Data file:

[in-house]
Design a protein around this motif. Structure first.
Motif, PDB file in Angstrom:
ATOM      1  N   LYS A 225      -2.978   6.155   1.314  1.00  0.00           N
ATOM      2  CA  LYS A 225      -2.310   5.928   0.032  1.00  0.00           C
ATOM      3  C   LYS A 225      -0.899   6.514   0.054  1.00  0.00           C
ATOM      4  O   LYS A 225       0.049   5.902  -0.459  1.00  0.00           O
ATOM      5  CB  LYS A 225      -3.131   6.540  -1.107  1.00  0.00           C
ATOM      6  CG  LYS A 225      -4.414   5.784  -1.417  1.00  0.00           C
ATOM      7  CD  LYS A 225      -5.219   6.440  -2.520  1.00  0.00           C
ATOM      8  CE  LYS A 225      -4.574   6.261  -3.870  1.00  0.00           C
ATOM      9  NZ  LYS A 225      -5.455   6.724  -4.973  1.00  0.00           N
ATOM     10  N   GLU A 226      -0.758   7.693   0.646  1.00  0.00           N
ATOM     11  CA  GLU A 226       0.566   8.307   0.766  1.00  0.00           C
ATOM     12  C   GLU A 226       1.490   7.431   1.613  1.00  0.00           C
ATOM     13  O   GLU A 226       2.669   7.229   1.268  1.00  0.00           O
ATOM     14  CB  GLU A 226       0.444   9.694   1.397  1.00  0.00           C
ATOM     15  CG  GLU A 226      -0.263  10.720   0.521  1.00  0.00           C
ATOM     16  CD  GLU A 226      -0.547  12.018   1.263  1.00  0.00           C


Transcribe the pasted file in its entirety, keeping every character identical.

[in-house]
Design a protein around this motif. Structure first.
Motif, PDB file in Angstrom:
ATOM      1  N   LYS A 225      -2.978   6.155   1.314  1.00  0.00           N
ATOM      2  CA  LYS A 225      -2.310   5.928   0.032  1.00  0.00           C
ATOM      3  C   LYS A 225      -0.899   6.514   0.054  1.00  0.00           C
ATOM      4  O   LYS A 225       0.049   5.902  -0.459  1.00  0.00           O
ATOM      5  CB  LYS A 225      -3.131   6.540  -1.107  1.00  0.00           C
ATOM      6  CG  LYS A 225      -4.414   5.784  -1.417  1.00  0.00           C
ATOM      7  CD  LYS A 225      -5.219   6.440  -2.520  1.00  0.00           C
ATOM      8  CE  LYS A 225      -4.574   6.261  -3.870  1.00  0.00           C
ATOM      9  NZ  LYS A 225      -5.455   6.724  -4.973  1.00  0.00           N
ATOM     10  N   GLU A 226      -0.758   7.693   0.646  1.00  0.00           N
ATOM     11  CA  GLU A 226       0.566   8.307   0.766  1.00  0.00           C
ATOM     12  C   GLU A 226       1.490   7.431   1.613  1.00  0.00           C
ATOM     13  O   GLU A 226       2.669   7.229   1.268  1.00  0.00           O
ATOM     14  CB  GLU A 226       0.444   9.694   1.397  1.00  0.00           C
ATOM     15  CG  GLU A 226      -0.263  10.720   0.521  1.00  0.00           C
ATOM     16  CD  GLU A 226      -0.547  12.018   1.263  1.00  0.00           C